1969 Arctic Cat Panther Restored – Part 1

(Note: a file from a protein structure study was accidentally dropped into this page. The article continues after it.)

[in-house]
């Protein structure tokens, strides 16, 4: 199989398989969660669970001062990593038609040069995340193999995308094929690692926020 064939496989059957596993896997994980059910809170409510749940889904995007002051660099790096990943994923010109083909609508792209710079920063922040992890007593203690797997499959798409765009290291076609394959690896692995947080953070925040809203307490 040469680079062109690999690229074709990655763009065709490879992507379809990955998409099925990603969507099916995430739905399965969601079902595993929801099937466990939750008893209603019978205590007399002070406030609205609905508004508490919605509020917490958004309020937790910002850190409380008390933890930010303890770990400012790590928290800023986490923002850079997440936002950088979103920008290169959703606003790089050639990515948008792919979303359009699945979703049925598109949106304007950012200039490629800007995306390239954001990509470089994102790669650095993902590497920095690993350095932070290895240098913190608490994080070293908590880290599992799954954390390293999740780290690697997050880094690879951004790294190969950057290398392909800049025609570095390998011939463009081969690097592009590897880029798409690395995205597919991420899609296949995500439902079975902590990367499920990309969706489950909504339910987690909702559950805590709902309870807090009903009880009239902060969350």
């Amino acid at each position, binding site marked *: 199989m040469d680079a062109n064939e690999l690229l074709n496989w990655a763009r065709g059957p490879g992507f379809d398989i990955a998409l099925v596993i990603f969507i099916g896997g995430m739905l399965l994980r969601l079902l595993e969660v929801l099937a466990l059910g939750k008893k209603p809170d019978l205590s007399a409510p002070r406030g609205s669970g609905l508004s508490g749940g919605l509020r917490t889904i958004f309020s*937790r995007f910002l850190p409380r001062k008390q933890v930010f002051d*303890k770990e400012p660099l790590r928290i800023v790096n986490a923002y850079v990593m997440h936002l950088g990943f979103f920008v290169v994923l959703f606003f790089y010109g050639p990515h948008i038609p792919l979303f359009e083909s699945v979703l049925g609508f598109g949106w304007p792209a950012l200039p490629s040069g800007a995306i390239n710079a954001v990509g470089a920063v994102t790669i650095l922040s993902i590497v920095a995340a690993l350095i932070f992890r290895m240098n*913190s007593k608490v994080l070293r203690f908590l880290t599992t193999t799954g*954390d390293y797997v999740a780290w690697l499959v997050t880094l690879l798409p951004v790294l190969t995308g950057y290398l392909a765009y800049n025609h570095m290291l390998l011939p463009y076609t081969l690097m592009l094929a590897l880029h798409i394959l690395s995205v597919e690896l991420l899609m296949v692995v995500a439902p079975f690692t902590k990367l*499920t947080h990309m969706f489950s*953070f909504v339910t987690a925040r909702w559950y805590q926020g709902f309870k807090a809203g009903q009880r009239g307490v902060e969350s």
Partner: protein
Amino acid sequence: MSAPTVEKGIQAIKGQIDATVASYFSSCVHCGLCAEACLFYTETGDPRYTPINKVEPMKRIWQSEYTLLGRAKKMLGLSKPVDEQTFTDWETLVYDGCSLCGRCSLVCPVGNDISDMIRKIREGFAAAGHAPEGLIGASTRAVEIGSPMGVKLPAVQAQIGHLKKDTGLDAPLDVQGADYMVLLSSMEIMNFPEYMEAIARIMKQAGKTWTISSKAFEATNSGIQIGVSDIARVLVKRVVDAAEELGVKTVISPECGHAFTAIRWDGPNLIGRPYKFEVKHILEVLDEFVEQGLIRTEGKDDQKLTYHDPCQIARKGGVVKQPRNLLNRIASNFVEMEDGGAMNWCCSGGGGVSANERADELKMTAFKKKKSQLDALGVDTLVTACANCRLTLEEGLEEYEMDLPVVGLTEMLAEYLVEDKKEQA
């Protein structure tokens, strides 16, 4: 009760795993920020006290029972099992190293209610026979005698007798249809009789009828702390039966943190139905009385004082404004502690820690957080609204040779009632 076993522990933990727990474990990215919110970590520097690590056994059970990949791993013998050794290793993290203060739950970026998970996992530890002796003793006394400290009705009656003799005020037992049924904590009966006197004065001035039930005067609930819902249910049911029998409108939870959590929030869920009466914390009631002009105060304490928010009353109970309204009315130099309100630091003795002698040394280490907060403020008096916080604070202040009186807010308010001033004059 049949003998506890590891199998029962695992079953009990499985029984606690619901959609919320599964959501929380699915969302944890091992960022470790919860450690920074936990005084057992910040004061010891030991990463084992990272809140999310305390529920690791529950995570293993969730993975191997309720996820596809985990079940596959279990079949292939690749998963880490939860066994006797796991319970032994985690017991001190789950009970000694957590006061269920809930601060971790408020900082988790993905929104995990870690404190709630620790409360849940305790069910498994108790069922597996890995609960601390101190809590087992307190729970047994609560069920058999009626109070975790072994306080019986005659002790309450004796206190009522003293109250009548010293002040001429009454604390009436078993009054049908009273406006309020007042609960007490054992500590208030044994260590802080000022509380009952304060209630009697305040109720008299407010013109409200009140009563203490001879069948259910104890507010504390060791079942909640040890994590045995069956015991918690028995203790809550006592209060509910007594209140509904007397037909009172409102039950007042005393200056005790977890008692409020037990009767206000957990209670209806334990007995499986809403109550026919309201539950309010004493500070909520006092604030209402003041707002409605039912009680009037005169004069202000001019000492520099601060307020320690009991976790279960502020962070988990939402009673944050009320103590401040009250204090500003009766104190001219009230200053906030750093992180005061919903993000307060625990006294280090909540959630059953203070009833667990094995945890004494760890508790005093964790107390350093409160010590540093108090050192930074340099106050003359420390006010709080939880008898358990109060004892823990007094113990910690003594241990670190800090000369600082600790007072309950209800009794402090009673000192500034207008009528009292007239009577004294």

This here is a ’69 Arctic Cat Panther which we’ve had in our family pretty much since it was new..